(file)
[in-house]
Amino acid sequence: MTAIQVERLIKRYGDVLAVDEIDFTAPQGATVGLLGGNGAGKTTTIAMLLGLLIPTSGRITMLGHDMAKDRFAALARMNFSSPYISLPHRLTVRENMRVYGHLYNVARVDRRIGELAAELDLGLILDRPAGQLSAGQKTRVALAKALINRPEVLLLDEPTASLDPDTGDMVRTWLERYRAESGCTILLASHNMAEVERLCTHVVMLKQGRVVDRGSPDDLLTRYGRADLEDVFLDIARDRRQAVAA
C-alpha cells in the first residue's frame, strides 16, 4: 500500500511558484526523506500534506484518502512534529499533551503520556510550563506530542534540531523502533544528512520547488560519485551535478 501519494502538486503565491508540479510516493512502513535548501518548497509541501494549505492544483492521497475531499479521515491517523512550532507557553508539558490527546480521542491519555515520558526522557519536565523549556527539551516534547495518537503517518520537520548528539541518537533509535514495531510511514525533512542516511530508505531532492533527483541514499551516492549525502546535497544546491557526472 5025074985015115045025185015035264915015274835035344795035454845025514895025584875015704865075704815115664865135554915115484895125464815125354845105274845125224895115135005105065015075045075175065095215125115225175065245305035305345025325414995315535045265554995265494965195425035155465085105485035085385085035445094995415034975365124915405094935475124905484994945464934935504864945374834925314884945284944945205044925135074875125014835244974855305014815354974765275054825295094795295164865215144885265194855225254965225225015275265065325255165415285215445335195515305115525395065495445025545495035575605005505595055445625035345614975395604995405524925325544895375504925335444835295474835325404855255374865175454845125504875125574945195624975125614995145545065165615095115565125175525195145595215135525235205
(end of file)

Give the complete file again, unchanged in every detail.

[in-house]
Amino acid sequence: MTAIQVERLIKRYGDVLAVDEIDFTAPQGATVGLLGGNGAGKTTTIAMLLGLLIPTSGRITMLGHDMAKDRFAALARMNFSSPYISLPHRLTVRENMRVYGHLYNVARVDRRIGELAAELDLGLILDRPAGQLSAGQKTRVALAKALINRPEVLLLDEPTASLDPDTGDMVRTWLERYRAESGCTILLASHNMAEVERLCTHVVMLKQGRVVDRGSPDDLLTRYGRADLEDVFLDIARDRRQAVAA
C-alpha cells in the first residue's frame, strides 16, 4: 500500500511558484526523506500534506484518502512534529499533551503520556510550563506530542534540531523502533544528512520547488560519485551535478 501519494502538486503565491508540479510516493512502513535548501518548497509541501494549505492544483492521497475531499479521515491517523512550532507557553508539558490527546480521542491519555515520558526522557519536565523549556527539551516534547495518537503517518520537520548528539541518537533509535514495531510511514525533512542516511530508505531532492533527483541514499551516492549525502546535497544546491557526472 5025074985015115045025185015035264915015274835035344795035454845025514895025584875015704865075704815115664865135554915115484895125464815125354845105274845125224895115135005105065015075045075175065095215125115225175065245305035305345025325414995315535045265554995265494965195425035155465085105485035085385085035445094995415034975365124915405094935475124905484994945464934935504864945374834925314884945284944945205044925135074875125014835244974855305014815354974765275054825295094795295164865215144885265194855225254965225225015275265065325255165415285215445335195515305115525395065495445025545495035575605005505595055445625035345614975395604995405524925325544895375504925335444835295474835325404855255374865175454845125504875125574945195624975125614995145545065165615095115565125175525195145595215135525235205